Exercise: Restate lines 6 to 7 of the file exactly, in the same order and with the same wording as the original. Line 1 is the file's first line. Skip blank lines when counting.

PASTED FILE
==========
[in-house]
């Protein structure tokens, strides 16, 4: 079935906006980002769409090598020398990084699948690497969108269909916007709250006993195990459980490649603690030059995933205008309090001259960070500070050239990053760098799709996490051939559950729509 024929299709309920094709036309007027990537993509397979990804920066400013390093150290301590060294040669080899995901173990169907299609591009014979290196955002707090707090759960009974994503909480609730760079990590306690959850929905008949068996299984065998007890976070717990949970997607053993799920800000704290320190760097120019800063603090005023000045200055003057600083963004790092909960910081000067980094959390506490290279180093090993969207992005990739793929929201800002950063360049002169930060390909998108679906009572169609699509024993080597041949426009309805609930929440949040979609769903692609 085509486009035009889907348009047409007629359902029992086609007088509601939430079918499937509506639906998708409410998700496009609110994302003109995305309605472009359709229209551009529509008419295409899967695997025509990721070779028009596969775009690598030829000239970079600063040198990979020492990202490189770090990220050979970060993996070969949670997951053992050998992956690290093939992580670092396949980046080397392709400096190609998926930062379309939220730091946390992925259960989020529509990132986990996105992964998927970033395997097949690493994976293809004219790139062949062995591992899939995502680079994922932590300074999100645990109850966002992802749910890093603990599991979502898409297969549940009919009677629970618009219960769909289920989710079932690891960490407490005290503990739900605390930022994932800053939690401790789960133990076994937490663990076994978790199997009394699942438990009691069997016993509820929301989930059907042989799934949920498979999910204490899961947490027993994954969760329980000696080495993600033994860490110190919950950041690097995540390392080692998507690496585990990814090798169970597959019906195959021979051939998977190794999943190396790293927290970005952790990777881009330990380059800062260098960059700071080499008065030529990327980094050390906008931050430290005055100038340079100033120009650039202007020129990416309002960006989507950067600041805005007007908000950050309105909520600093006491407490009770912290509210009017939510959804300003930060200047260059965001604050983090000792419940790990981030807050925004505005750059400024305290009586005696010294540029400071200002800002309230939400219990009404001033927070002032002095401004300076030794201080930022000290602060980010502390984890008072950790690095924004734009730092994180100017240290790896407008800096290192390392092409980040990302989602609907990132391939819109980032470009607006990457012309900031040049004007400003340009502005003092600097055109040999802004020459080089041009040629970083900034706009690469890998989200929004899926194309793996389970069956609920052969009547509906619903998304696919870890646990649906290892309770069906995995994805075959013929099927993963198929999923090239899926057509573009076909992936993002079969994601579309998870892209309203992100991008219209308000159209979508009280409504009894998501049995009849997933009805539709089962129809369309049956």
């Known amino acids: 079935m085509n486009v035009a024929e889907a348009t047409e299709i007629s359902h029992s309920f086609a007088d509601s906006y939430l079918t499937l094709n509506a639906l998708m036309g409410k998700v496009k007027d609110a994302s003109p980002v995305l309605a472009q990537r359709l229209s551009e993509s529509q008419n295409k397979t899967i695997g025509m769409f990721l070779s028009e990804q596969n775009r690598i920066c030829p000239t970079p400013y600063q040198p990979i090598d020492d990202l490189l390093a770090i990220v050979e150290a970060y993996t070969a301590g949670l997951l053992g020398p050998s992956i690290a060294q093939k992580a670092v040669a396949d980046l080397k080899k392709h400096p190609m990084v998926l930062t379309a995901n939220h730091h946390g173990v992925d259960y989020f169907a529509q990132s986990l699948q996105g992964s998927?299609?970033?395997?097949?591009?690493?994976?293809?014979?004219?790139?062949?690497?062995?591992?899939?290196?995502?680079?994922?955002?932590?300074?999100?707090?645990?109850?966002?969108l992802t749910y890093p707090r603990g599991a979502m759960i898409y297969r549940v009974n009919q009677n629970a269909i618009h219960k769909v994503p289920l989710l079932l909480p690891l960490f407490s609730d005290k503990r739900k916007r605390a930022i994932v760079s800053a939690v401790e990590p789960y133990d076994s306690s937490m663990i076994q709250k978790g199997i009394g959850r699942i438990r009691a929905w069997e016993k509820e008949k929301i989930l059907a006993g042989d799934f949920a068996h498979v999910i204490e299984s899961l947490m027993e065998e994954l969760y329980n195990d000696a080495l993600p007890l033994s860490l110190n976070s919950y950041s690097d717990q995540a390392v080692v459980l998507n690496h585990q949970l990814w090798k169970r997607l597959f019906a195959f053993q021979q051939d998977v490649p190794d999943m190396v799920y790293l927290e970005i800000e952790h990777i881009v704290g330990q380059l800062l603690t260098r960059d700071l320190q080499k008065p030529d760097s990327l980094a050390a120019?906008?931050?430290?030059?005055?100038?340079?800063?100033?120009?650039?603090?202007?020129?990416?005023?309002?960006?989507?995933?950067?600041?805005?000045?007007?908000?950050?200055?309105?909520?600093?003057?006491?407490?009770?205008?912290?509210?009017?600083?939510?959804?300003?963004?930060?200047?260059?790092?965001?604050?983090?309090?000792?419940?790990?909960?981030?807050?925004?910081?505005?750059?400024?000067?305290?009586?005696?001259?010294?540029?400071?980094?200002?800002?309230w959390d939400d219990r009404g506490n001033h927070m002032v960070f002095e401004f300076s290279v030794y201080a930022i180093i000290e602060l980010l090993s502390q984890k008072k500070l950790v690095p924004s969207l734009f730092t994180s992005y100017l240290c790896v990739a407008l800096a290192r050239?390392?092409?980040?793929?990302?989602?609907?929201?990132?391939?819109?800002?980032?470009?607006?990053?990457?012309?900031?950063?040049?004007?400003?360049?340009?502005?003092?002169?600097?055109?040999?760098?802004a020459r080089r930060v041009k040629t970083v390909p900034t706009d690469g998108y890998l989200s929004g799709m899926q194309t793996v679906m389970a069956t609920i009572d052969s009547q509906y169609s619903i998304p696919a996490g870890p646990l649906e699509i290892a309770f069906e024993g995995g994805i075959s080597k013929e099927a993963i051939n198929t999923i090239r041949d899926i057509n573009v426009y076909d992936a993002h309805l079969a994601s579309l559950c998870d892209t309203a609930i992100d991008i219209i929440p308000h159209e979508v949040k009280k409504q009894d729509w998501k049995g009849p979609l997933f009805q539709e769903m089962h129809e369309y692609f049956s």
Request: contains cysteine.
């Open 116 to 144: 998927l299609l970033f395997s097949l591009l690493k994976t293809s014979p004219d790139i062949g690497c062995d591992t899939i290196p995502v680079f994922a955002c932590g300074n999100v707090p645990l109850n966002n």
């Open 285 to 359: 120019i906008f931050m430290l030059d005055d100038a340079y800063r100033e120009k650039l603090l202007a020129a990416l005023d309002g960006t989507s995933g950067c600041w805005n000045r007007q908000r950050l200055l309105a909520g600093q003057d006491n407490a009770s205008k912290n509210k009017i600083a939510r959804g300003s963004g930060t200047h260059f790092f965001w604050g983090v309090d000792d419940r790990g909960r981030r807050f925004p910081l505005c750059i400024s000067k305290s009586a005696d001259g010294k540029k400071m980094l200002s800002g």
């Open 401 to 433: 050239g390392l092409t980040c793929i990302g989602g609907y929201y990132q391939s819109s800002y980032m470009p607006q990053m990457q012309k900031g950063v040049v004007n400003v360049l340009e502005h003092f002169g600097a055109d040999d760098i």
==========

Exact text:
């Open 285 to 359: 120019i906008f931050m430290l030059d005055d100038a340079y800063r100033e120009k650039l603090l202007a020129a990416l005023d309002g960006t989507s995933g950067c600041w805005n000045r007007q908000r950050l200055l309105a909520g600093q003057d006491n407490a009770s205008k912290n509210k009017i600083a939510r959804g300003s963004g930060t200047h260059f790092f965001w604050g983090v309090d000792d419940r790990g909960r981030r807050f925004p910081l505005c750059i400024s000067k305290s009586a005696d001259g010294k540029k400071m980094l200002s800002g």
């Open 401 to 433: 050239g390392l092409t980040c793929i990302g989602g609907y929201y990132q391939s819109s800002y980032m470009p607006q990053m990457q012309k900031g950063v040049v004007n400003v360049l340009e502005h003092f002169g600097a055109d040999d760098i």